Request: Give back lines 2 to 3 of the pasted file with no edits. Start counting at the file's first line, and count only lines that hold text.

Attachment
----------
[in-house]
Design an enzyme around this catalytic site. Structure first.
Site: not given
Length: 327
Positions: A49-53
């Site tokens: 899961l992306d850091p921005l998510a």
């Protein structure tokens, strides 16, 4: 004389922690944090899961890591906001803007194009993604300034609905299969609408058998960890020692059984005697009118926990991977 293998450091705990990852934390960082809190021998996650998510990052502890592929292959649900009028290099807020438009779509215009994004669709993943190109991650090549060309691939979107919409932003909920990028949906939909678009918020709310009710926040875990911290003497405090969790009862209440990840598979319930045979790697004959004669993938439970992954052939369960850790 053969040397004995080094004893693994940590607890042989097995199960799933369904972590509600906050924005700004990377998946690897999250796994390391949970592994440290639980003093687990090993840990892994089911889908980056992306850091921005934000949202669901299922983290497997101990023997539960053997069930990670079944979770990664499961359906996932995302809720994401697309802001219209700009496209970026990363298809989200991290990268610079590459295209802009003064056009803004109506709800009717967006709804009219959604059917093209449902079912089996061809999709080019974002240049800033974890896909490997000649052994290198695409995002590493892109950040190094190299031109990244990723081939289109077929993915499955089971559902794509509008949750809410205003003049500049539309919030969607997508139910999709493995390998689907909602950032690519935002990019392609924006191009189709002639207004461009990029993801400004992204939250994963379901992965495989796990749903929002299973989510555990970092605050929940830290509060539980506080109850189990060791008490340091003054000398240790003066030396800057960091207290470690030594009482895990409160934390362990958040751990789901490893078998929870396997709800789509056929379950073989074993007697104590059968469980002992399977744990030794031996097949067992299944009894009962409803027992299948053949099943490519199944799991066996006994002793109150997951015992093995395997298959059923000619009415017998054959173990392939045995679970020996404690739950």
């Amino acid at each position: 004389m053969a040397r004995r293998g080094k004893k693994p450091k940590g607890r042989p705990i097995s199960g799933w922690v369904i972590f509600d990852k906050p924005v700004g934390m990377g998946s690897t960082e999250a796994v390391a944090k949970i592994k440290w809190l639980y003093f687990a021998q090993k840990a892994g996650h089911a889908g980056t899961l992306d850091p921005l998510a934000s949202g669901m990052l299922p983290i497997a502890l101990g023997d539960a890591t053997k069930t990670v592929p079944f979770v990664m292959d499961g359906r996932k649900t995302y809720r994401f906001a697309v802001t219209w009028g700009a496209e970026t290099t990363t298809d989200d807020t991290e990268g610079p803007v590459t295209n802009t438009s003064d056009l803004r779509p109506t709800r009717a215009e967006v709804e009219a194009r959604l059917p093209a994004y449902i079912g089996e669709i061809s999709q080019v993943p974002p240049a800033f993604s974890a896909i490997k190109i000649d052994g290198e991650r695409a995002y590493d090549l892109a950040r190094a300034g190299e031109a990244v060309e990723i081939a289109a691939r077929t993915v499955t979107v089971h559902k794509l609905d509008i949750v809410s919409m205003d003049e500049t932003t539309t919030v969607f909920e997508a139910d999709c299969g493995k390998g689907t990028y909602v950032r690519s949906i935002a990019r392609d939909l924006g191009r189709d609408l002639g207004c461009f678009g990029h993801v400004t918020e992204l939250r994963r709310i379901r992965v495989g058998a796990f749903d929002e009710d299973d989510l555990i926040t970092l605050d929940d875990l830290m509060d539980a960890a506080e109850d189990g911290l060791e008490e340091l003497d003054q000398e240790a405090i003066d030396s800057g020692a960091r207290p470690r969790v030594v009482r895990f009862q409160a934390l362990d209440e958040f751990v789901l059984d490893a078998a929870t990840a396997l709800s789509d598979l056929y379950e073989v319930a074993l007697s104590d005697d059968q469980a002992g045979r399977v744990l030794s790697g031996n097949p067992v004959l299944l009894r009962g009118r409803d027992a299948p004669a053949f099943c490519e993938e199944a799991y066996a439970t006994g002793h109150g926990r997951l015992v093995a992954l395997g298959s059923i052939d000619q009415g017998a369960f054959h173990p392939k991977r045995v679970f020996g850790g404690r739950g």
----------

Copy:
Design an enzyme around this catalytic site. Structure first.
Site: not given